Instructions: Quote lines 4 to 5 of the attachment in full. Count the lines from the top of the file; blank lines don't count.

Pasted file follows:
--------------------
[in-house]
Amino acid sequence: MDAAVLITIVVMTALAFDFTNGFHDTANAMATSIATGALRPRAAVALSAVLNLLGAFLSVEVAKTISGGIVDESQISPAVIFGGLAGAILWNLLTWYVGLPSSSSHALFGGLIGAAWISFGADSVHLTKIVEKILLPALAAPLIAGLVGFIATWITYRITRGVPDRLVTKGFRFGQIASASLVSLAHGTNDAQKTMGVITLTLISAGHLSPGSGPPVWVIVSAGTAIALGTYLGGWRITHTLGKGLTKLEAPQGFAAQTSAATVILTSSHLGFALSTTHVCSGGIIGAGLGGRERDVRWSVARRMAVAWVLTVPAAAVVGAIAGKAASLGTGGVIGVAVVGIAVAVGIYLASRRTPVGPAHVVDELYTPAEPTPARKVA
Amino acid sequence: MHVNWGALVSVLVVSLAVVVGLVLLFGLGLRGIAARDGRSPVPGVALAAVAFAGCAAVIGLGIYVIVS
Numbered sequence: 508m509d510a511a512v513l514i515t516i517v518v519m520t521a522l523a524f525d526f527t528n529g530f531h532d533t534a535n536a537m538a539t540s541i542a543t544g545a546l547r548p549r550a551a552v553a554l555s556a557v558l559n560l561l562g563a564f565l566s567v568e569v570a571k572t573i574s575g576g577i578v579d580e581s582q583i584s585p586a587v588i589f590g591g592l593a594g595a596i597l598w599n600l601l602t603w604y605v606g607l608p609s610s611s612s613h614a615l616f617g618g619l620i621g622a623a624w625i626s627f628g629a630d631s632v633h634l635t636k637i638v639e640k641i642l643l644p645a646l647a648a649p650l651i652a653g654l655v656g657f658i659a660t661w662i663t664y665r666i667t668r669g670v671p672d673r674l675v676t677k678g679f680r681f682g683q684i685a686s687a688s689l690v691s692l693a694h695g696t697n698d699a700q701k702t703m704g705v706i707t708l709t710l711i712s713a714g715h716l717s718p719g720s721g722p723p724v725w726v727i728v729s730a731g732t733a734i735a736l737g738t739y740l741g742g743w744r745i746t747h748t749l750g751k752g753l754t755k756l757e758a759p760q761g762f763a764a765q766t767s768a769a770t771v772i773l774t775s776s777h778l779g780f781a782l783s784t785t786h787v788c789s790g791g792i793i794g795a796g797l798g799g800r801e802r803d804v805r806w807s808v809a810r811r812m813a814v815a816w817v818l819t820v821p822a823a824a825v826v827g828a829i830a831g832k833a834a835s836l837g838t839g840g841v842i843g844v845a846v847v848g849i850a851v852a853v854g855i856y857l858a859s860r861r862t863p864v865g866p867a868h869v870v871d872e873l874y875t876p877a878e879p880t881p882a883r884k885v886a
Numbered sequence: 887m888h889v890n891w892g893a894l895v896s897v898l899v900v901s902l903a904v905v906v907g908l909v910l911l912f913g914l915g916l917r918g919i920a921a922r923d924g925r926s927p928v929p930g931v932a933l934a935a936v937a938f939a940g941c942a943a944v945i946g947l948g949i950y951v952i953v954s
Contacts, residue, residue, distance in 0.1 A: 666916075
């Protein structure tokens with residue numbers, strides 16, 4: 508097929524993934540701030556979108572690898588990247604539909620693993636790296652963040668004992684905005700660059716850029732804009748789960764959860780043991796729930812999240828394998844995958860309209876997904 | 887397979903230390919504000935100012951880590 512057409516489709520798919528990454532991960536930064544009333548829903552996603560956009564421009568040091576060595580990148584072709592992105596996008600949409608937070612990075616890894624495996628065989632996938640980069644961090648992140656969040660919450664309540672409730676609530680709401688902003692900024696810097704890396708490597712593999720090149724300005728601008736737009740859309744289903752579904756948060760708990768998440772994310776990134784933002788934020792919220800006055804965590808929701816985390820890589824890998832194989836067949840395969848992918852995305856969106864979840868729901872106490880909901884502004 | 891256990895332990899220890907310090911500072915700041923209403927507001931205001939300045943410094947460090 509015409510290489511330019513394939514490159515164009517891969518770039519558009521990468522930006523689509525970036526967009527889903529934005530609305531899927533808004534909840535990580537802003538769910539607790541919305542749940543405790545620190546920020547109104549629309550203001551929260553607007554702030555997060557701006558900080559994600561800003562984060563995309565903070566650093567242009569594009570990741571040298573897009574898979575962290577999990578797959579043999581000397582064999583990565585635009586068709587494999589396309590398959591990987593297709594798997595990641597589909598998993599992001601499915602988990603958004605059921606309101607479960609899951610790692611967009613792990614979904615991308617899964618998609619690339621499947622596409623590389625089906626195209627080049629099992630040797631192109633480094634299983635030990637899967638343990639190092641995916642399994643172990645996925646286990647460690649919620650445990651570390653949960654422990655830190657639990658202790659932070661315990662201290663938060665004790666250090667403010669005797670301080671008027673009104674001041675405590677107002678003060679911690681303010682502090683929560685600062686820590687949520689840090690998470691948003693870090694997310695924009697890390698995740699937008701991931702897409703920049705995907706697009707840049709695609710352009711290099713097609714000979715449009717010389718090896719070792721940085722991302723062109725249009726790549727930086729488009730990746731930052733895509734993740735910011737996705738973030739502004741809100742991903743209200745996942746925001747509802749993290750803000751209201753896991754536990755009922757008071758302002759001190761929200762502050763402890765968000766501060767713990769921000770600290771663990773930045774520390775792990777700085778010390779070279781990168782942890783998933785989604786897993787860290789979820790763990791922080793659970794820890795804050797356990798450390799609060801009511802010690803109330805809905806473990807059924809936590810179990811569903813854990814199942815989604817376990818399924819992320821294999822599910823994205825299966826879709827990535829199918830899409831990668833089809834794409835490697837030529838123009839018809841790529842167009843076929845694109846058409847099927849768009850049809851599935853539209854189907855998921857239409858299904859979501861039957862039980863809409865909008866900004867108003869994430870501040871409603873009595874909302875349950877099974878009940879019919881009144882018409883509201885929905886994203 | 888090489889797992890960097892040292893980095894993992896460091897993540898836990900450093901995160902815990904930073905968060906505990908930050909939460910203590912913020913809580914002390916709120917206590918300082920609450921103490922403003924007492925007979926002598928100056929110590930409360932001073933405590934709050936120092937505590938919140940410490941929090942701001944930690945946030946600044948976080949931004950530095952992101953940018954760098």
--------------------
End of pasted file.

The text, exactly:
Numbered sequence: 508m509d510a511a512v513l514i515t516i517v518v519m520t521a522l523a524f525d526f527t528n529g530f531h532d533t534a535n536a537m538a539t540s541i542a543t544g545a546l547r548p549r550a551a552v553a554l555s556a557v558l559n560l561l562g563a564f565l566s567v568e569v570a571k572t573i574s575g576g577i578v579d580e581s582q583i584s585p586a587v588i589f590g591g592l593a594g595a596i597l598w599n600l601l602t603w604y605v606g607l608p609s610s611s612s613h614a615l616f617g618g619l620i621g622a623a624w625i626s627f628g629a630d631s632v633h634l635t636k637i638v639e640k641i642l643l644p645a646l647a648a649p650l651i652a653g654l655v656g657f658i659a660t661w662i663t664y665r666i667t668r669g670v671p672d673r674l675v676t677k678g679f680r681f682g683q684i685a686s687a688s689l690v691s692l693a694h695g696t697n698d699a700q701k702t703m704g705v706i707t708l709t710l711i712s713a714g715h716l717s718p719g720s721g722p723p724v725w726v727i728v729s730a731g732t733a734i735a736l737g738t739y740l741g742g743w744r745i746t747h748t749l750g751k752g753l754t755k756l757e758a759p760q761g762f763a764a765q766t767s768a769a770t771v772i773l774t775s776s777h778l779g780f781a782l783s784t785t786h787v788c789s790g791g792i793i794g795a796g797l798g799g800r801e802r803d804v805r806w807s808v809a810r811r812m813a814v815a816w817v818l819t820v821p822a823a824a825v826v827g828a829i830a831g832k833a834a835s836l837g838t839g840g841v842i843g844v845a846v847v848g849i850a851v852a853v854g855i856y857l858a859s860r861r862t863p864v865g866p867a868h869v870v871d872e873l874y875t876p877a878e879p880t881p882a883r884k885v886a
Numbered sequence: 887m888h889v890n891w892g893a894l895v896s897v898l899v900v901s902l903a904v905v906v907g908l909v910l911l912f913g914l915g916l917r918g919i920a921a922r923d924g925r926s927p928v929p930g931v932a933l934a935a936v937a938f939a940g941c942a943a944v945i946g947l948g949i950y951v952i953v954s